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St Nicholas Church - TravelStorys

Elmira Back Story Tour

Location Trip Time Travel Type
New York 1 hour

St Nicholas Church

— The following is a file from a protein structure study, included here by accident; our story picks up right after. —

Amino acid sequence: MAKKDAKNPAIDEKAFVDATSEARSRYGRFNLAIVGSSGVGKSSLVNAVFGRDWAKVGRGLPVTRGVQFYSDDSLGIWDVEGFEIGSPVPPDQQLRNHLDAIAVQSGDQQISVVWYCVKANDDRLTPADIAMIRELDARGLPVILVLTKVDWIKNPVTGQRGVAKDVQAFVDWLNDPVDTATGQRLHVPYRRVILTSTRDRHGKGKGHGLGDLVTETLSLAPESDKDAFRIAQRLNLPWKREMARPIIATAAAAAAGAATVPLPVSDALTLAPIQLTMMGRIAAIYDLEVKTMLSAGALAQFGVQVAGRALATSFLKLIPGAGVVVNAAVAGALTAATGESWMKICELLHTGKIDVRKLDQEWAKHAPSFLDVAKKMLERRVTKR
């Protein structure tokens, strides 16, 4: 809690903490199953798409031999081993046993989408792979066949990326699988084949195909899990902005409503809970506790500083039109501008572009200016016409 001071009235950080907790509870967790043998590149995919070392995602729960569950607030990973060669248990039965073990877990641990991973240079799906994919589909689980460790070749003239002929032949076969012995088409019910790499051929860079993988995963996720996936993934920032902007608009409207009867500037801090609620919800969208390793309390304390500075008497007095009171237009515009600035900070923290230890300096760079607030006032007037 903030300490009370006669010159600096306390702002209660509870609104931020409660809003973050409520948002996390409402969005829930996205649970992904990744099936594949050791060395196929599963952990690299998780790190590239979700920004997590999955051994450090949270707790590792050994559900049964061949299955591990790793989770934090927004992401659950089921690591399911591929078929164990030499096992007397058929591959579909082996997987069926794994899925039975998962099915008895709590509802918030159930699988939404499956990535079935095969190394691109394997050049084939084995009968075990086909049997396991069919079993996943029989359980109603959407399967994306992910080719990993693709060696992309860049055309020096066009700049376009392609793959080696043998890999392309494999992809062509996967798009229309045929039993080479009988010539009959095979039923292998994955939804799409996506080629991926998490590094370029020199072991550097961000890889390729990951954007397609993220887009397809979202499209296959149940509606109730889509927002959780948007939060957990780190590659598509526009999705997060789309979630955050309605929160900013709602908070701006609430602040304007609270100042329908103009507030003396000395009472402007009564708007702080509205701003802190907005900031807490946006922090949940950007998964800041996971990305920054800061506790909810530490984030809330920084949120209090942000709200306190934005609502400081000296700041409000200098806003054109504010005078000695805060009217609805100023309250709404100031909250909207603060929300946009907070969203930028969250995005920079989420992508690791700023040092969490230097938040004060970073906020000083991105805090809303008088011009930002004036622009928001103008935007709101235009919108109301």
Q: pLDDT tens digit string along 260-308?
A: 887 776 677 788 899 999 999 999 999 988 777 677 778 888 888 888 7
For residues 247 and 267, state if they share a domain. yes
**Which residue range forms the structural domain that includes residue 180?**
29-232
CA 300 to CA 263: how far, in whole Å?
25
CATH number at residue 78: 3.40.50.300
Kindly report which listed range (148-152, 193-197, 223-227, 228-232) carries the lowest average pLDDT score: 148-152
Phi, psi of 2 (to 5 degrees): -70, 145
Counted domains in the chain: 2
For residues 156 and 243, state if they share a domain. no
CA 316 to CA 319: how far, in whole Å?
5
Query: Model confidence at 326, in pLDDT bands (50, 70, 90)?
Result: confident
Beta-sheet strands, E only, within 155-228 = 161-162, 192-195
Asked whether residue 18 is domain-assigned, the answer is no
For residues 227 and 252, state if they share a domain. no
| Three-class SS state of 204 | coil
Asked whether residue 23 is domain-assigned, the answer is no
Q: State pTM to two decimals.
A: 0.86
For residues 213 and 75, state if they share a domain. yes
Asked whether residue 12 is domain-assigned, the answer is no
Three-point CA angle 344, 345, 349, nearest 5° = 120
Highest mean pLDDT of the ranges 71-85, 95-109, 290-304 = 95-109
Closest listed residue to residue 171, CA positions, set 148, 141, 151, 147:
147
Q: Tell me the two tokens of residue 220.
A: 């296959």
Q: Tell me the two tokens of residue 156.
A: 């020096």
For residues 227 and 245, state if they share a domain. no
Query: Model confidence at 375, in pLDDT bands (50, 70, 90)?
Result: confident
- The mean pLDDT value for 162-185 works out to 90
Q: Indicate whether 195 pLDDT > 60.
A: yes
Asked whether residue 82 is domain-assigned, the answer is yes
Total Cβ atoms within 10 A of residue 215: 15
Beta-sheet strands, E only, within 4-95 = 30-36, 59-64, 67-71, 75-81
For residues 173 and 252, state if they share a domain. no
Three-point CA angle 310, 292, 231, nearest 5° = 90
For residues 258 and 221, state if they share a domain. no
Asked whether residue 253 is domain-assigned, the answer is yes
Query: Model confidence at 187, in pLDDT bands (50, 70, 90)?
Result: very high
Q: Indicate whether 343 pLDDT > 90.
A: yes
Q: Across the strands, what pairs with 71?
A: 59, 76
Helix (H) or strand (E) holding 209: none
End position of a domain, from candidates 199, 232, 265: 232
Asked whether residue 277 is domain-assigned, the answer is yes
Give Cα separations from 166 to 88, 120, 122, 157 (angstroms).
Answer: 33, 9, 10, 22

Narrator: Welcome to New York Back Story where you can hear stories about local traditions. St. Nicholas Ukrainian Catholic Church has been the anchor of Elmira's Ukrainian community for over a century. Established in 1895, St. Nicholas Ukrainian Catholic Church original location was at West 14th St. and Parkwood Avenue. In 1958, the church relocated to its present-day location at McCanns Boulevard. Beginning in 1956, the women in the parish began making homemade pyrohy in order to cover the debts of constructing the parish you are currently looking at. Since then, the "pyrohy team" has sustained the church financially through regular pyrohy and halupki sales. The "pyrohy team" spans generations, and welcomes participation from outside the parish as the parish's size dwindles. Hear church historian, Maria L'Amroix talk about the parish's bustling years, how the team continues to keep the church thriving in a time when many local congregations are consolidating, and what makes their pyrohy the best is New York State! Hello, my name is Maria Dowzycky L'Amoreaux. I was born in 1947. And my parents came to this country in 1955. So I've been a member of this parish since 1955. And of course, church was instrumental, because that's where your people were. They were the ones that, you know, spoke your language, they knew the culture, and they totally embraced us. The story was this, I think her name was Anna, she brought a few pyrohy, and she sold them. And I think the first profit was $2 and some cents. And then, of course, it grew because then the ladies actually would make them at home, you could do that at the time. They would bring them to the hall and people would come as soon as the word got out. You know, that's how they did it. And then eventually, I would say in 1961 we had a new pastor. Father Dowhovich left, and then when father Myschyshyn came, he started a fund to erect this church and the pyrohy were instrumental in that. They decided they were going to make them collectively here together. And as a child, I remember that. You know, my mother coming here, working here standing, and father Myschyshyn used to go pick the ladies up because they didn't drive. We don't call them pierogies anyway. Their real name is vareniki, boiled ones. Vareniki or pyrohy. It's the original recipe for what 60 some years now. No matter when we made them, the ingredients were terrific. Real potatoes, which we peel. If we're going to make them on Thursday, we peel the day before on Wednesday. Then we keep them in cold water in the chiller until Thursday. We still do our onions and we cook them in butter and we bake them you know, so they're caramelized. Because you can't have them. They can't be crunchy. I mean, that's the instructions we were left. And we still have Mrs Tepluch. And she's the last of the day ladies. She's 94 she's the one that makes the dough. We have a dough maker, but she's the one that knows the ingredients. And she knows when it's time to take the dough out. And she makes 13 batches of dough. And they're very fussy about their flour. It can't just be any all purpose, it has to be the high gluten you know, and they have eggs and everything. It's homemade pasta. And then the tables are all spread out here. The dough has to rest of course; it has to be babied. And then another batch of ladies come in and they mash the potatoes and they use really good cheese. I mean everything is you know, there's nothing artificial in those. Ours are really good because we use one single round of dough, we stretch it by hand, all the ladies stretch them. Put the ball in and then we pinch away. And it has to be pinched by hand. It just does. It's not solely for Ukrainians now. Population dwindles, we have fewer and fewer workers. I know my own son is involved. We would love to have the people join us. And those of us that have stayed here, we're not about to give it up. Those perogies have paid for all of this. They paid for the hall, they paid for the church. And they paid for much more. Because in essence the public has helped us because when they come and support us, then they support the church. So it's more than a pierogi church. It is a church supported on the backs of people who broke their back to make those. It's going to have to be something really tough. You know, to get us to stop, we can't lose this. The place is beautiful. They worked so hard for this and it's that labor of love. And we continue that because whatever we can do to continue what they started, we're going to do. Call 607.734.2232 to order your own pyrohy and for information regarding pick-up days and times. More information about the parish is available at Ready for more stories? Continue on the Elmira BackStory tour. This tour was funded by the NY State Council on the Arts and the Robert Gardiner Foundation. The tour was curated by TC Owens of The Arts Council of the Southern Finger Lakes.

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